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ITALY

The pleasures and passions of life — art and architecture, food and wine — will tempt, delight, and elate both the soul and the stomach in Italy. From penne to pizza, the Renaissance and the Romans, Italy is a delicious and delightful destination. Italy became a nation-state belatedly - in 1861 when the city-states of the peninsula, along with Sardinia and Sicily, were united under King Victor EMMANUEL. An era of parliamentary government came to a close in the early 1920s when Benito MUSSOLINI established a Fascist dictatorship. His disastrous alliance with Nazi Germany led to Italy's defeat in World War II. A democratic republic replaced the monarchy in 1946 and economic revival followed. Italy was a charter member of NATO and the European Economic Community (EEC). It has been at the forefront of European economic and political unification, joining the European Monetary Union in 1999. Persistent problems include illegal immigration, the ravages of organized crime, corruption, high unemployment, and the low incomes and technical standards of southern Italy compared with the more prosperous north.

Italy is truly one of the cradles of Western civilization, with one of the longest histories and richest cultures in Europe. Rome was the capital of the ancient Roman Empire.  The capital Rome is said to have been founded in 753 BC, when Romulus, son of the god Mars, yoked a bullock and a heifer to a plowshare, marked out a boundary, and built a wall. Be that as it may, the city has at least 2,500 years of unparalleled cultural accomplishment. The Vatican, the Colosseo, (Colosseum) and the Spanish Steps are just the beginning of the treasures preserved here. Florence, home to Leonardo da Vinci and Michelangelo, was one of the greatest centers of the Renaissance, and is filled with beautiful art and wondrous architecture. Venice, whose wealth was built on trade with the East, rose on a series of islands; canals became its streets, linking piazzas, palaces, and fabulous churches.

However, modern Italy is much more than a museum of its past glories. The mountains of the southern Alps, particularly the Dolomites, and the peaks and valleys of the Apennines lend Italy a rugged natural beauty. With thousands of miles of coastline, Italy is also a major resort destination; its islands—Sicily, Sardinia, and more remote archipelagoes like the Aeolian Islands—have become popular getaways for those seeking summer sand and sun.

In spite of its imposing history and its natural beauty, perhaps Italy's most enduring attractions are its people and contemporary culture. While the stereotype of the typical Italian is no more accurate than any other, Italians in general live life with passion and a vibrant sense of style. Quality food, wine, and design reach heights in Italy rarely approached elsewhere in the world. Plan on spending at least a few days in an Italian city—full of cafés, open-air piazzas, and the hustle and bustle of people going about their lives amidst ancient landmarks—and take in the flavor of modern Italian culture.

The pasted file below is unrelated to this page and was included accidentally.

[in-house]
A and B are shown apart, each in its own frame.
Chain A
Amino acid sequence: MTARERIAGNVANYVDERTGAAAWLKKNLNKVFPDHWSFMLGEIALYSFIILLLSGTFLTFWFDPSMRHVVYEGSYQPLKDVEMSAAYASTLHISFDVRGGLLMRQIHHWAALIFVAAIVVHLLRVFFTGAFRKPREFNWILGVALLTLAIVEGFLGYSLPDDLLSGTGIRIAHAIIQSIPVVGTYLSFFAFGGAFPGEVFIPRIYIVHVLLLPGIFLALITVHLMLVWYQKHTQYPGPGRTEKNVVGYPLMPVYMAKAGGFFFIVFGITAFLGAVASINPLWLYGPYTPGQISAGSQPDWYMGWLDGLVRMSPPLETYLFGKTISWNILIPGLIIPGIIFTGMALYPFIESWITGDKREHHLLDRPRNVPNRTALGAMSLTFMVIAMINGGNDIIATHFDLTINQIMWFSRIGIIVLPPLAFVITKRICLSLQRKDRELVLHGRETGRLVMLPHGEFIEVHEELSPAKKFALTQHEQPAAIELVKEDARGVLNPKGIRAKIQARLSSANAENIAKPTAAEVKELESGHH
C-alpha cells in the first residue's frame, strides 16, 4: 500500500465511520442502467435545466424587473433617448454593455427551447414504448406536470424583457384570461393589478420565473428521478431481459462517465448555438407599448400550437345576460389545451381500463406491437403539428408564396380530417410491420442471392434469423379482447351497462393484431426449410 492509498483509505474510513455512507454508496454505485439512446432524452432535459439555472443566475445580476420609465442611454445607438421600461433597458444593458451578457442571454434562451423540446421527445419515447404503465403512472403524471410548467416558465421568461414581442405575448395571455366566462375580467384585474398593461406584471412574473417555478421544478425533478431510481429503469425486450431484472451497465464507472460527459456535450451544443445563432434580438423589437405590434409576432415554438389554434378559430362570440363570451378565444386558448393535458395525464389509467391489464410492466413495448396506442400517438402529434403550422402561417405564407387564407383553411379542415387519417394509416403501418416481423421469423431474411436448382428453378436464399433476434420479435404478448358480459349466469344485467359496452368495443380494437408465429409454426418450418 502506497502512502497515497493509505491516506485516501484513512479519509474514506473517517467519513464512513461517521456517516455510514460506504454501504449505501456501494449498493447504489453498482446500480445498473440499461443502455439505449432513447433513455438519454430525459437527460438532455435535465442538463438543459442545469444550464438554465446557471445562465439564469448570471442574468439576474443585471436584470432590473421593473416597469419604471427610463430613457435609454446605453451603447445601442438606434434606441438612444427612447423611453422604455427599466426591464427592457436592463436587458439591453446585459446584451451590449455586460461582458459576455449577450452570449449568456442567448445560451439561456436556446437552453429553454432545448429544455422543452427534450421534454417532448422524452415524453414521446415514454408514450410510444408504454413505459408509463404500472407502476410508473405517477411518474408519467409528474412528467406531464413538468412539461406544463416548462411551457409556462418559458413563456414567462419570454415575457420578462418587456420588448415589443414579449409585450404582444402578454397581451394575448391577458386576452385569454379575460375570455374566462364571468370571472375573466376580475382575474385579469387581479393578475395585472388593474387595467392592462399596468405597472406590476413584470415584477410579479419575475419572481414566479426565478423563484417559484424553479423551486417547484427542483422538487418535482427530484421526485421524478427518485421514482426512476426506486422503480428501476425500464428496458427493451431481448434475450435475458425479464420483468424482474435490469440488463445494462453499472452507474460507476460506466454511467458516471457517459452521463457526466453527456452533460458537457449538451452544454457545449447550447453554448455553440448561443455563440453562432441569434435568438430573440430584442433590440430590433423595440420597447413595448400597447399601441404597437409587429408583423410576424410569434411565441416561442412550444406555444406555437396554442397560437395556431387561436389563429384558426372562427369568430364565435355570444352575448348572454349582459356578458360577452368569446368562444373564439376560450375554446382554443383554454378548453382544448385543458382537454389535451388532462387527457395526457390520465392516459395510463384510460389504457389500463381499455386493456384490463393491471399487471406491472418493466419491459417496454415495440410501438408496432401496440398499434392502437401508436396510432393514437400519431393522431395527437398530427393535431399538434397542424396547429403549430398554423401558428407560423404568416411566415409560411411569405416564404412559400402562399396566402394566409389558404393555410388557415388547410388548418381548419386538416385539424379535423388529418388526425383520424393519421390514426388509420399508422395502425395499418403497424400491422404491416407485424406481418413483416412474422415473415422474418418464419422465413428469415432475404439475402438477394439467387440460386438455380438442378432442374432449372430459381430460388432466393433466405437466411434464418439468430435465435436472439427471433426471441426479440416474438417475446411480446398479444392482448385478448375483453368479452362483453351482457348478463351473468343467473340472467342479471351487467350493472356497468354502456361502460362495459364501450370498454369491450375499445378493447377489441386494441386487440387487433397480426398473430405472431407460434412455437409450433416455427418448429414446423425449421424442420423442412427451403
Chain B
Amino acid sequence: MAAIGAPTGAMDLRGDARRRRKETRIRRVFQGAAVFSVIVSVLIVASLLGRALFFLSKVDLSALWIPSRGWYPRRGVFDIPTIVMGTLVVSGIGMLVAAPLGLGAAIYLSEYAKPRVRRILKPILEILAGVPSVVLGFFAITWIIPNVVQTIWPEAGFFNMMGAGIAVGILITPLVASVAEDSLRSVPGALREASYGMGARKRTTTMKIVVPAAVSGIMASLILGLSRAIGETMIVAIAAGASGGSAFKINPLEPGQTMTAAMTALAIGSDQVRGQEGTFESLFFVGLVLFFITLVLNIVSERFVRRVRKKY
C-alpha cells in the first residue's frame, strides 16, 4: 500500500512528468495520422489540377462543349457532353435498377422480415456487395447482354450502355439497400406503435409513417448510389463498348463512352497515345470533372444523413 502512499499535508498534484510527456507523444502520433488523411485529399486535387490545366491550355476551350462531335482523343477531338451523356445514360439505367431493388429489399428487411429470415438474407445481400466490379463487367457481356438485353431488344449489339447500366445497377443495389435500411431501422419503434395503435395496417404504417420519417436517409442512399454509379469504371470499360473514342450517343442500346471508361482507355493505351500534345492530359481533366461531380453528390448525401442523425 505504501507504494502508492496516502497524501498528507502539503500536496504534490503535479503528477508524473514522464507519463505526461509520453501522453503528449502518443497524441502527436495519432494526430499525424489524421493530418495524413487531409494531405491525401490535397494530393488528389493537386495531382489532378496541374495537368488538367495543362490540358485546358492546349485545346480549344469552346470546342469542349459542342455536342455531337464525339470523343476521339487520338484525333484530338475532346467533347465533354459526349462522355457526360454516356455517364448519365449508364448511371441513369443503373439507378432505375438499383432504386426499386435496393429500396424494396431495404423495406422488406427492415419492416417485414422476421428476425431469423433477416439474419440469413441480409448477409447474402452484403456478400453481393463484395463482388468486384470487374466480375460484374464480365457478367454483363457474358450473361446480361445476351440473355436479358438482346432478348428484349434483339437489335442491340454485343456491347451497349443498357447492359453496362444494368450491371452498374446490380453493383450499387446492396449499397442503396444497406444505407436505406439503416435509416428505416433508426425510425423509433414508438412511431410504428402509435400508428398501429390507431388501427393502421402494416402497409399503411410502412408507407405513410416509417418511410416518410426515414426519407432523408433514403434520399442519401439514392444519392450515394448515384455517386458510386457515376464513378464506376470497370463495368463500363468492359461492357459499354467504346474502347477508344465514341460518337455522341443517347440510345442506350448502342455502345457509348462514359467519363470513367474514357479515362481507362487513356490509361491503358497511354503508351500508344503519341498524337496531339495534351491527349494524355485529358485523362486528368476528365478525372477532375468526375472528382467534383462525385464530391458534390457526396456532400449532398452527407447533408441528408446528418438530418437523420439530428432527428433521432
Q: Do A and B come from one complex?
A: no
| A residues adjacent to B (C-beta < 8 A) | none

Built around the river Arno, Florence has remained a relatively small, compact city with narrow, cobbled streets making up most of the central area. The Renaissance movement is clear for all to see, from the design of the buildings to the art and sculpture galleries. Medieval Florence is a work of art in its own right. Everybody should see the Uffizi Gallery at least once- leave it until late afternoon when it's quieter. In the meantime brush up on Michaelaneglo at the Galleria dell'Accademia, Donatello at the Museo dell'Opera del Duomo, Titian, Raphael and Veronese at the Palazzo Pitti. The Duomo is masterpiece in its own right- climb up inside the dome itself for a fabulous view of the city. Spend an evening at the Teatro Comunale at one of the concert performances, otherwise there is a wonderful music festival held between May and July each year.

Set in what was considered by the Romans to be one of their country's most beautiful areas, the city of Naples spreads out like a fan across the bay. At the foot of Mount Vesuvius, it boasts a wealth of architecture, art treasures and some of the world's finest archeological remains, making it an interesting base to celebrate the millennium year. A visit to the ancient remains of Pompeii and Herculaneum is also possible from here as well as boat trips to the beautiful island of Capri and Ischia.

The Italian Riviera is a nature-lover's paradise, famed for its temperate climate and luxuriant vegetation of silver olive trees, vines, cypresses, pines and array of beautiful flowers, all of which can be seen in the superb botanical gardens of La Mortola. The Italian Riviera is a constant delight with azure seas, green mountains and pretty little villages and towns. Its history can be traced back hundreds of years to ancient cave-dwellers. A proud seafaring region with along history of trade and commerce, it not only attracted the ancient Romans but also the unwelcome attention of marauding pirates.


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